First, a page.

Once you know your measurement, try a few different grips to see how they feel in your hand. If the grip that matches your measurement feels too small, try the next size up. Measurements are more of a guide rather than a hard and fast size.
Consider How Flexible the Racket Is
A good tennis racket will offer the perfect balance between flexibility and stiffness. The more flexible a racket is, the more power it will give each swing. The stiffer the racket, the easier it is to control each hit.
Why? When the tennis ball hits the racket's strings, the force of the impact is absorbed by the racket itself. Stiff rackets absorb less of the impact, causing the ball to go farther when the player follows through with the hit.
Flexible rackets absorb the impact through the strings. This slows the ball down and forces players to use more muscle behind the hit to move the ball the same distance.
For players just starting out, a stiffer racket may be easier to work with. More advanced players or those with stronger swings may prefer a more flexible racket.
Pay Attention to the Weight of the Racket
When buying a tennis racket, you'll notice that some are heavier than others. Heavy rackets, often called "power rackets," weigh more than 11 ounces on average.
Much of that weight is centered around the head of the racket. This is what gives it more power.
Lightweight rackets weigh about 9 ounces and are ideal for small players. They're easier to control and let you practice for longer periods of time without getting tired.
Mid-weight rackets fall between 9.5 and 10.9 ounces. For players just starting out or those that don't know what weight they prefer, this is the best option.
Mid-weight rackets offer a balance between easy control and more powerful swings.
Choose the Right Material
Tennis rackets are often made from graphite, fiberglass, aluminum, or a composite (combination) of these materials. The type of material you choose will determine the weight and stiffness of the racket.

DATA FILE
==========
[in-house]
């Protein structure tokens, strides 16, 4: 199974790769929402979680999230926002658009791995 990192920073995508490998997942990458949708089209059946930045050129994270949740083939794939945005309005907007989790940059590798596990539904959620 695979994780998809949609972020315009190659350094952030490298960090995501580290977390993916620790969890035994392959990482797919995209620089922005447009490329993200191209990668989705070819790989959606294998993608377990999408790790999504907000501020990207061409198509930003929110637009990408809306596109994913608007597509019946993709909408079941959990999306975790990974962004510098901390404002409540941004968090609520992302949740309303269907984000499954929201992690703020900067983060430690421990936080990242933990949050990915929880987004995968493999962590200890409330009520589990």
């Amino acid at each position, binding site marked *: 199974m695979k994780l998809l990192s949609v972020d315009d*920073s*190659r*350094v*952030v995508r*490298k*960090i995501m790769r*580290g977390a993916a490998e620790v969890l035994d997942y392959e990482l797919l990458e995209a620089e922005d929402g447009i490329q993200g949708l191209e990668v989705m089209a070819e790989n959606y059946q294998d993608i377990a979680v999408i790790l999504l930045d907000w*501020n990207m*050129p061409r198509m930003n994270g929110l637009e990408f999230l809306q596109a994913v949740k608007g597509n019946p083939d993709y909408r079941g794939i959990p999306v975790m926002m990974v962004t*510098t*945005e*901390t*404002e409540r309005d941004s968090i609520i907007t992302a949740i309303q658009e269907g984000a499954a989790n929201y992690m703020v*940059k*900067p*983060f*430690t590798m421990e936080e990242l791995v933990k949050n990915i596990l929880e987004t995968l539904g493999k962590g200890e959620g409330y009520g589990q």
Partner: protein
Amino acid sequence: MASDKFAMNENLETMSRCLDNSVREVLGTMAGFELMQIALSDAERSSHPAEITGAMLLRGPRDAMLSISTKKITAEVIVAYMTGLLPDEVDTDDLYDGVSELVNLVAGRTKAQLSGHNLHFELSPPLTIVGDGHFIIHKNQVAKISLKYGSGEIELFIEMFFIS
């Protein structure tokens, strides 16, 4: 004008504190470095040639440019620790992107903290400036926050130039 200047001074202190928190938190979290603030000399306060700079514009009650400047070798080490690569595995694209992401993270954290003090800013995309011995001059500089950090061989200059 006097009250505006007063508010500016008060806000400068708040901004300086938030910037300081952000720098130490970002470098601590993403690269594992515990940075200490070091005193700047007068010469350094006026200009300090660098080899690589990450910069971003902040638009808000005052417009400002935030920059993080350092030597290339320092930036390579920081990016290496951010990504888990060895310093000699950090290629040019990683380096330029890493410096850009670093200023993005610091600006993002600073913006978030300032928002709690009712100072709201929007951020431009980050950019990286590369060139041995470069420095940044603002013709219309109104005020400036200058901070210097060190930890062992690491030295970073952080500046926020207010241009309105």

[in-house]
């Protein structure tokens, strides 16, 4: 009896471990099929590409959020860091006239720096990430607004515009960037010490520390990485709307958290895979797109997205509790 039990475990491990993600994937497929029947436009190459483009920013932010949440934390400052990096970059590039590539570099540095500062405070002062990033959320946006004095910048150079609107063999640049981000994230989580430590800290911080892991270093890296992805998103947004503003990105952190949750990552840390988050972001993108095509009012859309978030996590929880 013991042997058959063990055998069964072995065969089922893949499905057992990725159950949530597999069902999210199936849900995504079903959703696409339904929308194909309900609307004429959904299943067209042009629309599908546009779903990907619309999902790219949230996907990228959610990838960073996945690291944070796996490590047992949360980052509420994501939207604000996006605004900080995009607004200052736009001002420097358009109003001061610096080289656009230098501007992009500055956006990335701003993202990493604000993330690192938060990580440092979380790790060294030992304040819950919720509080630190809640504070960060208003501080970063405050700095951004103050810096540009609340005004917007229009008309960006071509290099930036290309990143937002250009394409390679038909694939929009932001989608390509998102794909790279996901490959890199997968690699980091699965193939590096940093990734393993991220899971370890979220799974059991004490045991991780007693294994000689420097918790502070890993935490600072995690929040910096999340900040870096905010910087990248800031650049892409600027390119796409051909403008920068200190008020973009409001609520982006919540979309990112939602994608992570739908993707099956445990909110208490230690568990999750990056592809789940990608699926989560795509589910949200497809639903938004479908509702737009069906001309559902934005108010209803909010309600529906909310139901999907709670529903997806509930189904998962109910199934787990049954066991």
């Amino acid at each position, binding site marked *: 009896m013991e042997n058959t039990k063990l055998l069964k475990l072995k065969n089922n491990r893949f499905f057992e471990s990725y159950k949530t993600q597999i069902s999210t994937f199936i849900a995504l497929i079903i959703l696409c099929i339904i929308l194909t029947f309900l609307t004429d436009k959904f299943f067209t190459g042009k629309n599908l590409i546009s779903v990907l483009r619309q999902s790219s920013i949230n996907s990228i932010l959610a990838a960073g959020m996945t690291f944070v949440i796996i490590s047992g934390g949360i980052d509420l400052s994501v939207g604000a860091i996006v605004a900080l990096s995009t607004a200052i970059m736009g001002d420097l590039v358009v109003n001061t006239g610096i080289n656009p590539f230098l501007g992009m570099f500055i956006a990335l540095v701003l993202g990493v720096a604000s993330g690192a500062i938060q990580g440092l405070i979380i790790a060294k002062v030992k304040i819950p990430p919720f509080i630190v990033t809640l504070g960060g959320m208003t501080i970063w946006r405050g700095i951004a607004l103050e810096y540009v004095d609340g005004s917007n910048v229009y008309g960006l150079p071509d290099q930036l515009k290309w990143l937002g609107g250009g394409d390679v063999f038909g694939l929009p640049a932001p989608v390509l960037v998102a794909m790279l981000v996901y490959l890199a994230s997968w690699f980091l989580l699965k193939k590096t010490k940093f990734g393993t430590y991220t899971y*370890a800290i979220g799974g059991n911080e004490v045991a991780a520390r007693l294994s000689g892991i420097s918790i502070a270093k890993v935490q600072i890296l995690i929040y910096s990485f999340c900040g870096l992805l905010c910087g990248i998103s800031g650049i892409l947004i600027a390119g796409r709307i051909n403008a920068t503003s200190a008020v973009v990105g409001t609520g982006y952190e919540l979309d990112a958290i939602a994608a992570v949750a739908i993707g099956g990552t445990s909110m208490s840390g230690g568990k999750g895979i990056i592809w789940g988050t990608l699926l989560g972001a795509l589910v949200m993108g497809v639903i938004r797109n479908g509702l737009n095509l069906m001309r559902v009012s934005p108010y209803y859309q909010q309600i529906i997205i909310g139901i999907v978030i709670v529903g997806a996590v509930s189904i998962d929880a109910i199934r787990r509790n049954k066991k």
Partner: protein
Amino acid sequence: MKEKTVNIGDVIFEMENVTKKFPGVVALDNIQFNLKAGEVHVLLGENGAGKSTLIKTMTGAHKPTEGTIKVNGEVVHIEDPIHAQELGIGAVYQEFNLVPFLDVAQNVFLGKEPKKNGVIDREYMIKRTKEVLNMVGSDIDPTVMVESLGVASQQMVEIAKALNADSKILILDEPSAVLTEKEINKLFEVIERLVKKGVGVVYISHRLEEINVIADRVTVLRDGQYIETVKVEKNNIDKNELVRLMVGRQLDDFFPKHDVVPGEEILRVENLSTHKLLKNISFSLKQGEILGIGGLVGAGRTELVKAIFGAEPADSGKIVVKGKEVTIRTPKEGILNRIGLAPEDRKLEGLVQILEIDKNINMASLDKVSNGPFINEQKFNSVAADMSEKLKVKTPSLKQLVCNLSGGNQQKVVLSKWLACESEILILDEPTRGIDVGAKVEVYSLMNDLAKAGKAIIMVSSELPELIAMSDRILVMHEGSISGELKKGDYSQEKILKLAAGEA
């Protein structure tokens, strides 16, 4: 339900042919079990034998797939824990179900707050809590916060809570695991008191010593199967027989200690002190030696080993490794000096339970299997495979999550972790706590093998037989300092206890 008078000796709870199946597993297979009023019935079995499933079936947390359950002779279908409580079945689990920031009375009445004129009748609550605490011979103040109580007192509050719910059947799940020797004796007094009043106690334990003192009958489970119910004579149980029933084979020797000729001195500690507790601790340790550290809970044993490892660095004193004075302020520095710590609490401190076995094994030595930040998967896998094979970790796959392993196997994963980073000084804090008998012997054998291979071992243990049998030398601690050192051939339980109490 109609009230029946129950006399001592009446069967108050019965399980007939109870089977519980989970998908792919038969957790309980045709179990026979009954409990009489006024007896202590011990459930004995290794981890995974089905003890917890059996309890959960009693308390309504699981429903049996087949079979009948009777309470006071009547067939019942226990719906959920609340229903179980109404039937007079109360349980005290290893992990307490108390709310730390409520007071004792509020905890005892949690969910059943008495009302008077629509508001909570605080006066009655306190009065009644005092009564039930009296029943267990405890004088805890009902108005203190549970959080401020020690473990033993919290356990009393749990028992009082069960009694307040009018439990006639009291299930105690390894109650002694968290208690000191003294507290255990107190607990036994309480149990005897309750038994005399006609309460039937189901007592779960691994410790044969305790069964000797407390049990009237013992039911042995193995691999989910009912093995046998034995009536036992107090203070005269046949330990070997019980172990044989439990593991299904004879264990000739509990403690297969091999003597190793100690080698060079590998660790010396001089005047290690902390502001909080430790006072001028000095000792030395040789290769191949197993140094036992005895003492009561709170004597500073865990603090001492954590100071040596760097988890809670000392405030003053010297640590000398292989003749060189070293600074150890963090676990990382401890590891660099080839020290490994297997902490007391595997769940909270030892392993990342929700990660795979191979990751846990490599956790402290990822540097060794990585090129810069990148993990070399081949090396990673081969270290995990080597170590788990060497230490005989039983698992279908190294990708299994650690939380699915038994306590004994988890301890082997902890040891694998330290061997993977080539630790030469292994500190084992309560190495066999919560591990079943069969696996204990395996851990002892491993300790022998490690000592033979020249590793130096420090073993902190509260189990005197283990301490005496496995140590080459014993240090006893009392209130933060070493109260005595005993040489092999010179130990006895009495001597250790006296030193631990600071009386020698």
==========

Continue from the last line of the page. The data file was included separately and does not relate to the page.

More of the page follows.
For example, graphite is among the lightest weight, but also tends to form the stiffest rackets. This gives beginners more power and control over their swing when just starting out. The light weight makes it easier to control the racket even if your muscles are tired.
When combined with aluminum or fiberglass, the material becomes more flexible. This makes it ideal for intermediate and advanced players.
Aluminum and fiberglass rackets are more affordable. However, they also tend to be heavier than graphite models. For beginners, they offer a solid balance between affordability and stiffness.
If possible, try different materials out to see what feels the most natural. If you can't, pick a racket that's both lightweight and slightly flexible. This way, it can grow with you as your skills progress.
Look at String Patterns
String patterns on the best tennis rackets help with ball control and speed.
Open string patterns have wide gaps between the strings. This pattern puts more spin on the ball with each hit, making it harder to control where the ball goes.
Closed string patterns have less space between the strings and let the ball move in a more controlled way. For beginners, closed string patterns are best. They're easier to control and are less likely to break if you hit the ball a little too hard.
Rackets come pre-strung or unstrung, depending on your preference. If you purchase an unstrung racket, make sure to pick up strings before checking out.
Why a Good Tennis Racket Matters
Tennis may be a game of skill, but buying the wrong racket can make the game harder to play.
When you're first learning the game, a beginner-friendly racket will let you focus on the rules and your form without worrying about hitting the ball just right.
This can make the game more fun and help you stick with it.
Learn About - How to Choose the Best Tennis Ball